Bronchiectasis - Treatment

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What is the treatment for bronchiectasis?

Bronchiectasis is not a curable disease. Instead, the goal of treatment is control of secretions and preventing infections. In some situations, where the disease is limited to one area of the lung, surgery may be a possibility to remove the area affected by the disease.

Basic lung hygiene is required for all patients with bronchiectasis:

  • Keep immunizations up to date to prevent infections.
  • Drink plenty of fluids to make mucous secretions less sticky.
  • Stop smoking and avoid secondhand smoke.
  • Get adequate nutrition by consuming necessary calories. For some people, breathing requires increased effort and thus and requires increased nutrition.

Chest physical therapy

The basis for bronchiectasis treatment is chest physical therapy to assist in coughing up secretions, and antibiotics to prevent infection.

Since the smooth muscles that surround the bronchial tubes are damaged, mechanical ways to clear secretions are used to increase air flow and decrease the risk of infection. Chest physical therapy uses percussion or clapping on the back to help loosen secretions and then changing positions of the body to allow gravity to help those secretions to be coughed up. Chest clapping may be done by a physical therapist, but family members can be taught to do this routinely at home. Mechanical devices such as chest clappers or vests also may be considered.

Antibiotics may be prescribed to treat an infection that occurs or they may be used as prophylaxis to prevent infection. The choice of antibiotics depend upon the clinical situation and may be guided by blood or sputum cultures that will try to identify the bacteria causing the infection, and the type of antibiotic that will effectively treat the infection. Many patients may be kept on a revolving course of different antibiotics over their lifetime. Inhaled antibiotics have been used in addition to medications taken by mouth. In patients with more severe lung infections, intravenous antibiotics may be required.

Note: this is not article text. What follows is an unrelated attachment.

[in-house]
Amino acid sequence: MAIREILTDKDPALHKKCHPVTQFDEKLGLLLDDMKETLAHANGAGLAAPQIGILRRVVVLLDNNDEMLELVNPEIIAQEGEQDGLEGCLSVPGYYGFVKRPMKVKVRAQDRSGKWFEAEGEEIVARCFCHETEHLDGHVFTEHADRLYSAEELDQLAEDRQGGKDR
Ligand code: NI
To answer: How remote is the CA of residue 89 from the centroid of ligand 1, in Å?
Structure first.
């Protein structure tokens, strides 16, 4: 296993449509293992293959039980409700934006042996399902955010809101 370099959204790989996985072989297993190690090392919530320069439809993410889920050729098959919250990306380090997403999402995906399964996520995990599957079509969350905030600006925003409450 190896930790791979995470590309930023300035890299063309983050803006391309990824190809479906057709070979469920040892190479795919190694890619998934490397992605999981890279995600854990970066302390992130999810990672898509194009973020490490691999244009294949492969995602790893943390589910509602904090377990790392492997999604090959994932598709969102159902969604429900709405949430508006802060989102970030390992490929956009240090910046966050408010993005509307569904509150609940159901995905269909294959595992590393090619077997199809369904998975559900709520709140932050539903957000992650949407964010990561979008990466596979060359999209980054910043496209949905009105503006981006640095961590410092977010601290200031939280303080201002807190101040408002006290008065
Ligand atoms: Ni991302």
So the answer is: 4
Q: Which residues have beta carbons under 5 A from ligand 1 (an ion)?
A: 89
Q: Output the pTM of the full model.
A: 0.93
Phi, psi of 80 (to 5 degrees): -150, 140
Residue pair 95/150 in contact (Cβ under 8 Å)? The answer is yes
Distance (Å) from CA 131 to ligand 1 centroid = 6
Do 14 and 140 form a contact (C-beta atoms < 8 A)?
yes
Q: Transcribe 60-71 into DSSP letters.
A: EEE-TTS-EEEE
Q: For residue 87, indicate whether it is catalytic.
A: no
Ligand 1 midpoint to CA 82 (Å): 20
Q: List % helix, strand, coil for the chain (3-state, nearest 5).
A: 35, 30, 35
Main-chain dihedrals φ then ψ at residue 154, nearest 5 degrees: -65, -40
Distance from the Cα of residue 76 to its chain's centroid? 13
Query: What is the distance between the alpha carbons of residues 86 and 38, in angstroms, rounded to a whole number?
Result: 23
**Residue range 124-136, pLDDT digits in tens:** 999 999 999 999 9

Medications may also be used to loosen secretions, dilate bronchial tubes and decrease inflammation, hopefully decreasing the risk of infection.

Routine used of inhaled steroids (for example, fluticasone propionate oral inhaler [Flovent]) using a hand held puffer may decrease production of secretions, allow dilation of bronchial tubes, and prevent progression of bronchiectasis. Inhaled steroids may not have enough anti-inflammatory activity, and in unusual cases, steroids taken by mouth (prednisone) may also be required.

Bronchodilator (for example, albuterol, ProAir, Ventolin HFA, Proventil HFA) and anticholinergic (for example, ipratropium bromide inhaler [Atrovent], tiotropium bromide inhalation powder [Spiriva]) inhaled medications dilate bronchial tubes and increase air flow into the lungs, making it easier for secretions to be cleared. The medication can be inhaled using a hand held puffer or with a nebulizer machine. Often, combination therapy with both a bronchodilator and inhaled corticosteroid (fluticasone and salmeterol oral inhaler [Advair], budesonide and formoterol fumarate dihydrate [Symbicort]) are prescribed.

Home oxygen supplementation may be needed if lung function decreases to the point atmospheric air does not supply enough oxygen to the body.

Some patients have only a small area of bronchiectasis, and surgery may be an option to remove the small segment of affected lung in these individuals. Surgery may be considered in other situations to remove part of a lung where infection cannot be controlled or where excessive bleeding cannot be managed.

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See what others are saying

Comment from: Mikey389, 55-64 Male (Patient) Published: May 22

I was diagnosed as an asthmatic, although after 12 years of marginally being treated, one wise doctor said "you don't look like an asthmatic!" I began to ignore the issues and live life with the marginal interference. At 55, I was diagnosed with lung cancer. Since I had been coughing very hard for years, they thought that was the answer. Part of my left lower lobe was removed, but my cough remained. A few more years and they thought they identified it bronchiectasis. I went to a top medical center, where they diagnosed me with another very rare disease called tracheobronchomalacia (TBM). With the help of my wife, they also found I had Mycobacterium Avium Complex (MAC), a lung infection. I am doing pretty well, and have learned lung hygiene is primary, and should always be considered. Progressive damage should be relatively slow by keeping my lungs clean, and the MAC appears to be under control, if not regression. The TBM is managed by continuous positive airway pressure (CPAP), which gives me airway pressure to push the airway open. The diagnosis was a long road with many people just shrugging their shoulders. We do not know if some cancer is still sitting around in the lungs; I have refused any more CAT scans. The main thing to be remembered, in my opinion, is to breathe healthy air and treat your lungs well.

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